The department enlisted the assistance of Chris Gomez, who has assisted in multiple SRT training exercises, to play the role of the aggressor. He was given a script containing responses to various reactions from staff.
“The script determines every action for Chris,” McDonald said. “Certain responses will trigger a scripted escalation and everything he says or does comes directly from that script, which we reviewed with him before the drill.”
Town Manager Josh Harrold, Mayor Don Collins were briefed on the drill and Black Mountain Fire Chief Scottie Harris and Deputy Chief John Wilson assisted with coordination.
McDonald escorted Gomez to Town Hall, where they entered the front door of the building, interrupting a department head meeting. The SRT leader informed the staff that they were participating in a drill before Town Clerk Angela Reece was led to her office and given a placard indicating that she was a fatality in the simulation.
Gomez then fired blank rounds near the door of the administration offices, prompting responses from town staff, who had completed an active shooter training in recent weeks.
“They have all been trained to avoid, deny or defend,” McDonald said. “They should avoid the shooter at all costs, but if they are unable to do so, they should deny entry when they can. If they are unable to do either of those things, they must defend themselves until help arrives.”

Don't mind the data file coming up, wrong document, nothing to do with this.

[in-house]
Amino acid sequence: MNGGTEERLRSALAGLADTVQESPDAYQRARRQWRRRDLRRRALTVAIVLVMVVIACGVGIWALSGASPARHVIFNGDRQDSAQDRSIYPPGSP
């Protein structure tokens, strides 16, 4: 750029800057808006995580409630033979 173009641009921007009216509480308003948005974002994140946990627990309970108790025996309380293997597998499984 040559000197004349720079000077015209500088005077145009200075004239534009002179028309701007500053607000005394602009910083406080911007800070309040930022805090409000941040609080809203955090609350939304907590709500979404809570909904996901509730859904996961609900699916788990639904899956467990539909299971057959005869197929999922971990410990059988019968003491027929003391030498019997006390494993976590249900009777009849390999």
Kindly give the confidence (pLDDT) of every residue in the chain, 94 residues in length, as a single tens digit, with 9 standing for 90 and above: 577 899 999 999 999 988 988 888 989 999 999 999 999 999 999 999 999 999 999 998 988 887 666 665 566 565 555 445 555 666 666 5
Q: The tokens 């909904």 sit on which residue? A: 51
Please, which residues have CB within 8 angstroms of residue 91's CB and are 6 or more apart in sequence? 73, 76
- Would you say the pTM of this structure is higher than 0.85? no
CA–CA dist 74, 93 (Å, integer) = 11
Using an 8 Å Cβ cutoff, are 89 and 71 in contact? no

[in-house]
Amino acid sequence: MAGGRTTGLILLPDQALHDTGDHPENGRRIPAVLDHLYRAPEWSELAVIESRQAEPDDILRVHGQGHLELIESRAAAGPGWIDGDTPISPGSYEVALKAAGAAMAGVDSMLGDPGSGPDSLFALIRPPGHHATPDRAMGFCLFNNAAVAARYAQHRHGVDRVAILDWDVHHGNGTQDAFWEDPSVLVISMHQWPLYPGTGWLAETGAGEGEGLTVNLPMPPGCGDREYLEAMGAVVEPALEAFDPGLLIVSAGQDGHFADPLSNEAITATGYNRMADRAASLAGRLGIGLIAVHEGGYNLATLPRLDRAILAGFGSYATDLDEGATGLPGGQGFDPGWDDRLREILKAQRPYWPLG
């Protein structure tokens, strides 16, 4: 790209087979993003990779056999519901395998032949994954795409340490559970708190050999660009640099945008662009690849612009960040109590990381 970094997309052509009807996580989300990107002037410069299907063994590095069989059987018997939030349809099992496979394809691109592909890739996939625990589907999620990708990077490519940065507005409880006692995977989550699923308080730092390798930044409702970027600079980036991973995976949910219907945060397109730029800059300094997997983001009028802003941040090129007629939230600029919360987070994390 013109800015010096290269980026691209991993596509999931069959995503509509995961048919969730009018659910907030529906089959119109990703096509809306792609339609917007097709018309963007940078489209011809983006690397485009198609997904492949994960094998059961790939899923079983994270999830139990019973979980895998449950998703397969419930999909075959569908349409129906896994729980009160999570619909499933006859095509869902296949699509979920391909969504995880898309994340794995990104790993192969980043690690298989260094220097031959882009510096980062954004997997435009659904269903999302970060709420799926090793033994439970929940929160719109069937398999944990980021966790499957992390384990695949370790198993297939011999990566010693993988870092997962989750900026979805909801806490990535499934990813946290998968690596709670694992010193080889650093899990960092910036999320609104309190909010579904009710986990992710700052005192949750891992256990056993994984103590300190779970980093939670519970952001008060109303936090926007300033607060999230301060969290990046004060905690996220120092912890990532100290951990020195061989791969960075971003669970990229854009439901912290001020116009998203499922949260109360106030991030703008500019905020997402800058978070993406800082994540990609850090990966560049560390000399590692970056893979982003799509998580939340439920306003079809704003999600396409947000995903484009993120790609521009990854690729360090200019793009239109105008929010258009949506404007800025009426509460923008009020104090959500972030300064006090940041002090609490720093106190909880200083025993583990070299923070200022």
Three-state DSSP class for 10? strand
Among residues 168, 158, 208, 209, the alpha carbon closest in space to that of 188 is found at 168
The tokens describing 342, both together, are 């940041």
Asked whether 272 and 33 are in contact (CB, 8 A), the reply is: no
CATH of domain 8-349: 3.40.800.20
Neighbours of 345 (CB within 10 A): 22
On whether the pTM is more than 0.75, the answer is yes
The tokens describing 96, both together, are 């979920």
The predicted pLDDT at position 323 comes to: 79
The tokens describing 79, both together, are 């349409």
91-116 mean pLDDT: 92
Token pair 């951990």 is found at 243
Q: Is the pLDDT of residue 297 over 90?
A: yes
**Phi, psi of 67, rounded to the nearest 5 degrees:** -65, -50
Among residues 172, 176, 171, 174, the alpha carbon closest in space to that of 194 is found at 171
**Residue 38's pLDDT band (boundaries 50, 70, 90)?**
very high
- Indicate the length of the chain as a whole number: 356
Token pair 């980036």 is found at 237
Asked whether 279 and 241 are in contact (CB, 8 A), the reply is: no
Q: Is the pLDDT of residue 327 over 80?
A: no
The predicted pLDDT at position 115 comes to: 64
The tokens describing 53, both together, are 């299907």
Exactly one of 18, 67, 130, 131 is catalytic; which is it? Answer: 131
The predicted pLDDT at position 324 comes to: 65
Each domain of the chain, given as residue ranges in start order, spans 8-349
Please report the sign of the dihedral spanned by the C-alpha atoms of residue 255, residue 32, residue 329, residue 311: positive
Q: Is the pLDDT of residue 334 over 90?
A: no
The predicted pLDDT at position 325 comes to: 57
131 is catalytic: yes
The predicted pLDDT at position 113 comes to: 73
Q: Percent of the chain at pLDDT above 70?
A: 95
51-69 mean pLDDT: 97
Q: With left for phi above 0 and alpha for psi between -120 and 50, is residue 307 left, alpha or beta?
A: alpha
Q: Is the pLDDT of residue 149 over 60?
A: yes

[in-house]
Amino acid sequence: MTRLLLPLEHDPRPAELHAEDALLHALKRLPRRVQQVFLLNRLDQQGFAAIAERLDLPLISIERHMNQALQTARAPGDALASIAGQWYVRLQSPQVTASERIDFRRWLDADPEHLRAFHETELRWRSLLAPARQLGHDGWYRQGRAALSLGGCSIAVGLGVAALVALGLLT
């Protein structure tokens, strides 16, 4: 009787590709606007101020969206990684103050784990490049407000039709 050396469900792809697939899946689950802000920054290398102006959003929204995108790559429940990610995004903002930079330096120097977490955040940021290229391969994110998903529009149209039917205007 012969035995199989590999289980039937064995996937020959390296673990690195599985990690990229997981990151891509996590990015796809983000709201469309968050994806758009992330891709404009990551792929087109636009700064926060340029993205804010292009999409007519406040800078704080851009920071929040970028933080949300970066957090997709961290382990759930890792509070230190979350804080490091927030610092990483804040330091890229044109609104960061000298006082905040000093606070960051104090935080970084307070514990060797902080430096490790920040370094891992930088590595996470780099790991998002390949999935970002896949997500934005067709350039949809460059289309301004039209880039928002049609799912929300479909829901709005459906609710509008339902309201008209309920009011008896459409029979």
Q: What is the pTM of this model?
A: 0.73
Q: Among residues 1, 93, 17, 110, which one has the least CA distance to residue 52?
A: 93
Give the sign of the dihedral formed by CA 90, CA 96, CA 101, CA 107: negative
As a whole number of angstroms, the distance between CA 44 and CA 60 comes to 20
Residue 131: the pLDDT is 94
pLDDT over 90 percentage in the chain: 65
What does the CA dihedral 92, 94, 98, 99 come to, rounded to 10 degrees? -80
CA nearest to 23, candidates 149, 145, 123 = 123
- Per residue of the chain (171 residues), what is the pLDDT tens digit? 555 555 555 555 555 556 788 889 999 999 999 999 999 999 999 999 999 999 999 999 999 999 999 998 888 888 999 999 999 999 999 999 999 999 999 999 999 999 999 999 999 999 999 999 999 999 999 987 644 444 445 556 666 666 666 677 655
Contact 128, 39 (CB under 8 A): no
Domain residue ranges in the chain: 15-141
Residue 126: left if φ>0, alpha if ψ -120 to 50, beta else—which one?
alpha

Eleven town employees were moved into the board room, where they received placards indicating injuries suffered as the active threat drill transitioned into a hostage situation.
“We have three FBI certified hostage negotiators on staff, and this drill provided an opportunity to utilize the training they’ve received and sharpen their skills,” Freeman said.
SRT members swept the building upon entry, using sights, sounds and smells to pinpoint the location of the threat. After establishing verbal contact with Gomez, the team dropped a phone near the door of the boardroom to allow contact with a negotiator.
“I’ll only pick it up if you leave,” Gomez responded to the SRT through the closed doors. “Now get out.”
The phone was used to establish a line of communication between the negotiator and Gomez, who began making scripted demands once the call was connected.
The role player escalated the situation while making demands, and as shots rang out from the boardroom, SRT members gained entry and subdued him.
As officers worked to secure the scene, the exercise allowed Freeman, McDonald, Austin and Kidd to evaluate radio communications between department personnel.